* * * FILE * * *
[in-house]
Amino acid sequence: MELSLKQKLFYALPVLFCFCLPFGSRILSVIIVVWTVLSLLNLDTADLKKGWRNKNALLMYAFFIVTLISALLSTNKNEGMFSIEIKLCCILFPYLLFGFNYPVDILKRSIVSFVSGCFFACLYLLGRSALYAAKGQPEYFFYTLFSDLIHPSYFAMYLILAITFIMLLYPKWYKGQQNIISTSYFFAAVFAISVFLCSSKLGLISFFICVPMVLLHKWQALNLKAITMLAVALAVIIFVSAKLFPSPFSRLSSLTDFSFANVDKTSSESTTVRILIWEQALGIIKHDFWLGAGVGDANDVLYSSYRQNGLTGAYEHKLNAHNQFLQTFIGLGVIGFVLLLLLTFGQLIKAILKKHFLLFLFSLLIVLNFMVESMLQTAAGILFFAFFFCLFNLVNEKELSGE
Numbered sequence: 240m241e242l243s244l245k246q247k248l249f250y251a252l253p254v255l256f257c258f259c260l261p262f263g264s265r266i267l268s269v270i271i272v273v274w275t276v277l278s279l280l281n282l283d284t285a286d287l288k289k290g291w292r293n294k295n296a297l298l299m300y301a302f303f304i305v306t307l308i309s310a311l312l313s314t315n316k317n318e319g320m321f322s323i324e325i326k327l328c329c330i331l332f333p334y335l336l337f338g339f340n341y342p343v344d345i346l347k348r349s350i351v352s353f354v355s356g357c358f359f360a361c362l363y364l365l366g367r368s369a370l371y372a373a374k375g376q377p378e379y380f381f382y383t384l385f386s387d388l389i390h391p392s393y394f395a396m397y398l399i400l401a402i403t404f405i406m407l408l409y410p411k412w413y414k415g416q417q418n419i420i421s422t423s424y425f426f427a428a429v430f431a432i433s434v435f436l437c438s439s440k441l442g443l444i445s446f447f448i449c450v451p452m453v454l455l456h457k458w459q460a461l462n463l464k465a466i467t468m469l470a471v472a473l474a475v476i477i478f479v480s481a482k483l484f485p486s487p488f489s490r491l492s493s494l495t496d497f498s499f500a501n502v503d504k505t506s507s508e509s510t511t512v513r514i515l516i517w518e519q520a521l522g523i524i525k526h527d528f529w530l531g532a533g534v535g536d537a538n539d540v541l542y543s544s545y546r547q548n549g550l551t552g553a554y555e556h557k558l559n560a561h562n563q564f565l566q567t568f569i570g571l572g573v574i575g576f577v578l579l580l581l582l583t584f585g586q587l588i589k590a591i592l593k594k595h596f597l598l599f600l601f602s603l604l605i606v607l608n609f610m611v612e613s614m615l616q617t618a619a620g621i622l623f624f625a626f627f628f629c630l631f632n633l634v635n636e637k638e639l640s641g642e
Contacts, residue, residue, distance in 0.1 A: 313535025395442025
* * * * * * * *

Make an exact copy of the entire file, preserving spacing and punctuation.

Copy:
[in-house]
Amino acid sequence: MELSLKQKLFYALPVLFCFCLPFGSRILSVIIVVWTVLSLLNLDTADLKKGWRNKNALLMYAFFIVTLISALLSTNKNEGMFSIEIKLCCILFPYLLFGFNYPVDILKRSIVSFVSGCFFACLYLLGRSALYAAKGQPEYFFYTLFSDLIHPSYFAMYLILAITFIMLLYPKWYKGQQNIISTSYFFAAVFAISVFLCSSKLGLISFFICVPMVLLHKWQALNLKAITMLAVALAVIIFVSAKLFPSPFSRLSSLTDFSFANVDKTSSESTTVRILIWEQALGIIKHDFWLGAGVGDANDVLYSSYRQNGLTGAYEHKLNAHNQFLQTFIGLGVIGFVLLLLLTFGQLIKAILKKHFLLFLFSLLIVLNFMVESMLQTAAGILFFAFFFCLFNLVNEKELSGE
Numbered sequence: 240m241e242l243s244l245k246q247k248l249f250y251a252l253p254v255l256f257c258f259c260l261p262f263g264s265r266i267l268s269v270i271i272v273v274w275t276v277l278s279l280l281n282l283d284t285a286d287l288k289k290g291w292r293n294k295n296a297l298l299m300y301a302f303f304i305v306t307l308i309s310a311l312l313s314t315n316k317n318e319g320m321f322s323i324e325i326k327l328c329c330i331l332f333p334y335l336l337f338g339f340n341y342p343v344d345i346l347k348r349s350i351v352s353f354v355s356g357c358f359f360a361c362l363y364l365l366g367r368s369a370l371y372a373a374k375g376q377p378e379y380f381f382y383t384l385f386s387d388l389i390h391p392s393y394f395a396m397y398l399i400l401a402i403t404f405i406m407l408l409y410p411k412w413y414k415g416q417q418n419i420i421s422t423s424y425f426f427a428a429v430f431a432i433s434v435f436l437c438s439s440k441l442g443l444i445s446f447f448i449c450v451p452m453v454l455l456h457k458w459q460a461l462n463l464k465a466i467t468m469l470a471v472a473l474a475v476i477i478f479v480s481a482k483l484f485p486s487p488f489s490r491l492s493s494l495t496d497f498s499f500a501n502v503d504k505t506s507s508e509s510t511t512v513r514i515l516i517w518e519q520a521l522g523i524i525k526h527d528f529w530l531g532a533g534v535g536d537a538n539d540v541l542y543s544s545y546r547q548n549g550l551t552g553a554y555e556h557k558l559n560a561h562n563q564f565l566q567t568f569i570g571l572g573v574i575g576f577v578l579l580l581l582l583t584f585g586q587l588i589k590a591i592l593k594k595h596f597l598l599f600l601f602s603l604l605i606v607l608n609f610m611v612e613s614m615l616q617t618a619a620g621i622l623f624f625a626f627f628f629c630l631f632n633l634v635n636e637k638e639l640s641g642e
Contacts, residue, residue, distance in 0.1 A: 313535025395442025